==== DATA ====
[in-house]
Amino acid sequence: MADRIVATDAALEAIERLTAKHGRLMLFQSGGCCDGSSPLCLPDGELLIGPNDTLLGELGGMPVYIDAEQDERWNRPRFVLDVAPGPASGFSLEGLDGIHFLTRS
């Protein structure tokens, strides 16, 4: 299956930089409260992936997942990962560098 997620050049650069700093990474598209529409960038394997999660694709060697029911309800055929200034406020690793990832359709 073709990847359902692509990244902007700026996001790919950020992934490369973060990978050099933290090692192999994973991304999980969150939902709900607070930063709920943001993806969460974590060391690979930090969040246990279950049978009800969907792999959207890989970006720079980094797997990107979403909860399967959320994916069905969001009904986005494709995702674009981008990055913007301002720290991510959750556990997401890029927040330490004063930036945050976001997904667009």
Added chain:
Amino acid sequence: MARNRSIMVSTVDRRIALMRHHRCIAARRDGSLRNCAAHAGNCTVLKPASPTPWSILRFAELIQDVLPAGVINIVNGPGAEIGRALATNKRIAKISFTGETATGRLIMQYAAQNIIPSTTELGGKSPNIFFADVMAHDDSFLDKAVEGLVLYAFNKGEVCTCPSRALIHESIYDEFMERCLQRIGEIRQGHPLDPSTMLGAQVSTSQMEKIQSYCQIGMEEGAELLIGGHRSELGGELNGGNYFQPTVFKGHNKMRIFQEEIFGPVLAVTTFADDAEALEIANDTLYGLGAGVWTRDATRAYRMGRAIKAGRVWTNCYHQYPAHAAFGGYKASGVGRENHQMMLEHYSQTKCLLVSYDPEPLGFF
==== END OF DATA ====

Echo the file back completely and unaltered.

[in-house]
Amino acid sequence: MADRIVATDAALEAIERLTAKHGRLMLFQSGGCCDGSSPLCLPDGELLIGPNDTLLGELGGMPVYIDAEQDERWNRPRFVLDVAPGPASGFSLEGLDGIHFLTRS
């Protein structure tokens, strides 16, 4: 299956930089409260992936997942990962560098 997620050049650069700093990474598209529409960038394997999660694709060697029911309800055929200034406020690793990832359709 073709990847359902692509990244902007700026996001790919950020992934490369973060990978050099933290090692192999994973991304999980969150939902709900607070930063709920943001993806969460974590060391690979930090969040246990279950049978009800969907792999959207890989970006720079980094797997990107979403909860399967959320994916069905969001009904986005494709995702674009981008990055913007301002720290991510959750556990997401890029927040330490004063930036945050976001997904667009």
Added chain:
Amino acid sequence: MARNRSIMVSTVDRRIALMRHHRCIAARRDGSLRNCAAHAGNCTVLKPASPTPWSILRFAELIQDVLPAGVINIVNGPGAEIGRALATNKRIAKISFTGETATGRLIMQYAAQNIIPSTTELGGKSPNIFFADVMAHDDSFLDKAVEGLVLYAFNKGEVCTCPSRALIHESIYDEFMERCLQRIGEIRQGHPLDPSTMLGAQVSTSQMEKIQSYCQIGMEEGAELLIGGHRSELGGELNGGNYFQPTVFKGHNKMRIFQEEIFGPVLAVTTFADDAEALEIANDTLYGLGAGVWTRDATRAYRMGRAIKAGRVWTNCYHQYPAHAAFGGYKASGVGRENHQMMLEHYSQTKCLLVSYDPEPLGFF